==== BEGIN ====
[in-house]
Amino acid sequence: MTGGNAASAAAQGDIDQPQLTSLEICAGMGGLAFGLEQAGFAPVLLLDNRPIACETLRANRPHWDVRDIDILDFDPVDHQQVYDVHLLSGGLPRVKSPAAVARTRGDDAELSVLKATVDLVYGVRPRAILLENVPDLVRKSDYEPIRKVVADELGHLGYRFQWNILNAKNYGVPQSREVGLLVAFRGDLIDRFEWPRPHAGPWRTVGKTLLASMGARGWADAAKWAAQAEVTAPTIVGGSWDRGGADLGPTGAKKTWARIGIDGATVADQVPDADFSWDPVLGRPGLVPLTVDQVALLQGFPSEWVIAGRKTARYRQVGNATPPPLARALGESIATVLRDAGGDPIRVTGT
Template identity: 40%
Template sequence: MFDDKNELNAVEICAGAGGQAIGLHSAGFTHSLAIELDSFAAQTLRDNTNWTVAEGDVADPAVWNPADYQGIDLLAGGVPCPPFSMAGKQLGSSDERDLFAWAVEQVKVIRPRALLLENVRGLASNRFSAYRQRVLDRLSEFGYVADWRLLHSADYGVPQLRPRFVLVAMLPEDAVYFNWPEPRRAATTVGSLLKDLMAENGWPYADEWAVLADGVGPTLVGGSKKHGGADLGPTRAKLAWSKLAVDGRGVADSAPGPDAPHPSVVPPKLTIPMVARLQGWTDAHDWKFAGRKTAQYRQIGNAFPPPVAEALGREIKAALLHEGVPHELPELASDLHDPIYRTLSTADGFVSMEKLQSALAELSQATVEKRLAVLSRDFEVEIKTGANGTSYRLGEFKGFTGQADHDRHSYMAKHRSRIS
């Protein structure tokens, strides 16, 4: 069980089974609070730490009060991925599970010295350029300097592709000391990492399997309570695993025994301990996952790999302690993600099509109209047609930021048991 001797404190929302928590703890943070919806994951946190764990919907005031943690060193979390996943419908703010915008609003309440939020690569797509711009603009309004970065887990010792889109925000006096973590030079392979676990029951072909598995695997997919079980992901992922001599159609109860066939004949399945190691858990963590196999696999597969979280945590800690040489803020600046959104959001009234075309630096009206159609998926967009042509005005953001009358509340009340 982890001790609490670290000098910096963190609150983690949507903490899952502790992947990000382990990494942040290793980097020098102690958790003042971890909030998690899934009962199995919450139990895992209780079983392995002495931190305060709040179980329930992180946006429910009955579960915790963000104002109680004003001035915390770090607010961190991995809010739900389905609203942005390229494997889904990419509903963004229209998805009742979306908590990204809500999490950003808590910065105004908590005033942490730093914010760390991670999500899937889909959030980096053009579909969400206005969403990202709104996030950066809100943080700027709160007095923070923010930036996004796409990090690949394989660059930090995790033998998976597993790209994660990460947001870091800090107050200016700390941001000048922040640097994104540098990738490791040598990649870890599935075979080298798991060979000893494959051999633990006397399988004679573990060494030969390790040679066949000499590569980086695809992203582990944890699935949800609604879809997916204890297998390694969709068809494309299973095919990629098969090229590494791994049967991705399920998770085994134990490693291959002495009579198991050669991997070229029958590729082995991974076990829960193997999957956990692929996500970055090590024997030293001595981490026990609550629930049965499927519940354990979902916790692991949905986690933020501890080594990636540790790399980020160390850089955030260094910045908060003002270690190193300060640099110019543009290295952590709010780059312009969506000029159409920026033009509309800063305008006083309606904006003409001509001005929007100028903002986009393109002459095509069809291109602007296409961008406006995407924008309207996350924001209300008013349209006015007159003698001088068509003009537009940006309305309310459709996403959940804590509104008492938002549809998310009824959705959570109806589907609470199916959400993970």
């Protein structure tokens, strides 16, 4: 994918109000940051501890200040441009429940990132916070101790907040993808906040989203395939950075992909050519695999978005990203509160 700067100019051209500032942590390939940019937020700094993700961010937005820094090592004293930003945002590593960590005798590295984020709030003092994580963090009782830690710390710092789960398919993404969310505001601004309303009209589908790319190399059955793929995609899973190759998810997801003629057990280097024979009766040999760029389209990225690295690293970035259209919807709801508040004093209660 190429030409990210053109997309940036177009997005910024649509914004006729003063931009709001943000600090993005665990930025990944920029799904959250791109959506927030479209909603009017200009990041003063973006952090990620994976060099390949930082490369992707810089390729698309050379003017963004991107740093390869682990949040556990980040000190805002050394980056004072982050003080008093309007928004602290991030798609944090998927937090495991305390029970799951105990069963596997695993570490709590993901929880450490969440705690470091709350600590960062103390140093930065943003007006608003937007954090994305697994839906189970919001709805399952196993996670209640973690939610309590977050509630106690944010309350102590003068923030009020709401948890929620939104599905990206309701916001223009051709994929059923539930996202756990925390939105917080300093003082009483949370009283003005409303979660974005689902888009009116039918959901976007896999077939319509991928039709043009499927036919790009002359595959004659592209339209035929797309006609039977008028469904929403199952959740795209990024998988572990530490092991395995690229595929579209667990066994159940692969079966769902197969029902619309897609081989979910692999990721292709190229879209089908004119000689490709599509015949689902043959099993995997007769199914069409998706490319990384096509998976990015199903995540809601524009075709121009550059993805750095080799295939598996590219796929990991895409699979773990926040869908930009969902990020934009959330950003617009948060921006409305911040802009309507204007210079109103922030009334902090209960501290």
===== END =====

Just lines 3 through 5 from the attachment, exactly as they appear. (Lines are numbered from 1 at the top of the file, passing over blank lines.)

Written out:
Template identity: 40%
Template sequence: MFDDKNELNAVEICAGAGGQAIGLHSAGFTHSLAIELDSFAAQTLRDNTNWTVAEGDVADPAVWNPADYQGIDLLAGGVPCPPFSMAGKQLGSSDERDLFAWAVEQVKVIRPRALLLENVRGLASNRFSAYRQRVLDRLSEFGYVADWRLLHSADYGVPQLRPRFVLVAMLPEDAVYFNWPEPRRAATTVGSLLKDLMAENGWPYADEWAVLADGVGPTLVGGSKKHGGADLGPTRAKLAWSKLAVDGRGVADSAPGPDAPHPSVVPPKLTIPMVARLQGWTDAHDWKFAGRKTAQYRQIGNAFPPPVAEALGREIKAALLHEGVPHELPELASDLHDPIYRTLSTADGFVSMEKLQSALAELSQATVEKRLAVLSRDFEVEIKTGANGTSYRLGEFKGFTGQADHDRHSYMAKHRSRIS
């Protein structure tokens, strides 16, 4: 069980089974609070730490009060991925599970010295350029300097592709000391990492399997309570695993025994301990996952790999302690993600099509109209047609930021048991 001797404190929302928590703890943070919806994951946190764990919907005031943690060193979390996943419908703010915008609003309440939020690569797509711009603009309004970065887990010792889109925000006096973590030079392979676990029951072909598995695997997919079980992901992922001599159609109860066939004949399945190691858990963590196999696999597969979280945590800690040489803020600046959104959001009234075309630096009206159609998926967009042509005005953001009358509340009340 982890001790609490670290000098910096963190609150983690949507903490899952502790992947990000382990990494942040290793980097020098102690958790003042971890909030998690899934009962199995919450139990895992209780079983392995002495931190305060709040179980329930992180946006429910009955579960915790963000104002109680004003001035915390770090607010961190991995809010739900389905609203942005390229494997889904990419509903963004229209998805009742979306908590990204809500999490950003808590910065105004908590005033942490730093914010760390991670999500899937889909959030980096053009579909969400206005969403990202709104996030950066809100943080700027709160007095923070923010930036996004796409990090690949394989660059930090995790033998998976597993790209994660990460947001870091800090107050200016700390941001000048922040640097994104540098990738490791040598990649870890599935075979080298798991060979000893494959051999633990006397399988004679573990060494030969390790040679066949000499590569980086695809992203582990944890699935949800609604879809997916204890297998390694969709068809494309299973095919990629098969090229590494791994049967991705399920998770085994134990490693291959002495009579198991050669991997070229029958590729082995991974076990829960193997999957956990692929996500970055090590024997030293001595981490026990609550629930049965499927519940354990979902916790692991949905986690933020501890080594990636540790790399980020160390850089955030260094910045908060003002270690190193300060640099110019543009290295952590709010780059312009969506000029159409920026033009509309800063305008006083309606904006003409001509001005929007100028903002986009393109002459095509069809291109602007296409961008406006995407924008309207996350924001209300008013349209006015007159003698001088068509003009537009940006309305309310459709996403959940804590509104008492938002549809998310009824959705959570109806589907609470199916959400993970």